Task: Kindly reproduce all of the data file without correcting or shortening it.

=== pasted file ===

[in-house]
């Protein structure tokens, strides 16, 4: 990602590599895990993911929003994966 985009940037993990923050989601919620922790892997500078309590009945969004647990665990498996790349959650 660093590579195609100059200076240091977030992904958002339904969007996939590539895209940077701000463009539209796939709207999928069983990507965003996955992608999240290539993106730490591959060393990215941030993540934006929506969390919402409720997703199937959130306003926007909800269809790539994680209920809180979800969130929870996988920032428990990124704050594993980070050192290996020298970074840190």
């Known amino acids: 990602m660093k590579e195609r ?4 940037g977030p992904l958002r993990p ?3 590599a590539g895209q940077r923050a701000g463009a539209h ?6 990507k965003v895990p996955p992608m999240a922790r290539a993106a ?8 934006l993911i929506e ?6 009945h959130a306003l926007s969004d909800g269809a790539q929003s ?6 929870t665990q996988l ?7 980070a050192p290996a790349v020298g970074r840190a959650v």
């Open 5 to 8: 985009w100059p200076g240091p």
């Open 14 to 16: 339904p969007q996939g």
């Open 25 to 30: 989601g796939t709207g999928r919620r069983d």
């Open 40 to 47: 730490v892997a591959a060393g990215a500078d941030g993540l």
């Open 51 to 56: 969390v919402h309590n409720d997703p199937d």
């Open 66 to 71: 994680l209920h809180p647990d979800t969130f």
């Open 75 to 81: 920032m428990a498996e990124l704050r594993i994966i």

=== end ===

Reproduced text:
[in-house]
């Protein structure tokens, strides 16, 4: 990602590599895990993911929003994966 985009940037993990923050989601919620922790892997500078309590009945969004647990665990498996790349959650 660093590579195609100059200076240091977030992904958002339904969007996939590539895209940077701000463009539209796939709207999928069983990507965003996955992608999240290539993106730490591959060393990215941030993540934006929506969390919402409720997703199937959130306003926007909800269809790539994680209920809180979800969130929870996988920032428990990124704050594993980070050192290996020298970074840190």
């Known amino acids: 990602m660093k590579e195609r ?4 940037g977030p992904l958002r993990p ?3 590599a590539g895209q940077r923050a701000g463009a539209h ?6 990507k965003v895990p996955p992608m999240a922790r290539a993106a ?8 934006l993911i929506e ?6 009945h959130a306003l926007s969004d909800g269809a790539q929003s ?6 929870t665990q996988l ?7 980070a050192p290996a790349v020298g970074r840190a959650v």
């Open 5 to 8: 985009w100059p200076g240091p």
């Open 14 to 16: 339904p969007q996939g």
């Open 25 to 30: 989601g796939t709207g999928r919620r069983d």
């Open 40 to 47: 730490v892997a591959a060393g990215a500078d941030g993540l």
């Open 51 to 56: 969390v919402h309590n409720d997703p199937d």
């Open 66 to 71: 994680l209920h809180p647990d979800t969130f």
């Open 75 to 81: 920032m428990a498996e990124l704050r594993i994966i």